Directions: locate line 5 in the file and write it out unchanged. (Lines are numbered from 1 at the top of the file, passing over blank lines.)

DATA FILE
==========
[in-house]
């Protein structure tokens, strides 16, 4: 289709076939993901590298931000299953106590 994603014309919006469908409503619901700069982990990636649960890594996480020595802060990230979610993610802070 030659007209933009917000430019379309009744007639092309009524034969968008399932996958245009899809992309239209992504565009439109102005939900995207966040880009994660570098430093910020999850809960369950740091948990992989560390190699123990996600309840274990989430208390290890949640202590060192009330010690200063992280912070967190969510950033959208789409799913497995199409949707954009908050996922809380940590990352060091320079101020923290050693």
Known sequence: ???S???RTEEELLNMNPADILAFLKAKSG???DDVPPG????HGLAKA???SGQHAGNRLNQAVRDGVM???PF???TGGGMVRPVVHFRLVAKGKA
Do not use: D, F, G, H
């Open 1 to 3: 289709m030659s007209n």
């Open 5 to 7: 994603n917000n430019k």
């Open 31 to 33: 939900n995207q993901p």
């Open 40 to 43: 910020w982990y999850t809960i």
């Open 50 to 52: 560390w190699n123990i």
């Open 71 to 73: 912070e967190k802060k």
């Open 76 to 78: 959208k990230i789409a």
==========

């Open 1 to 3: 289709m030659s007209n």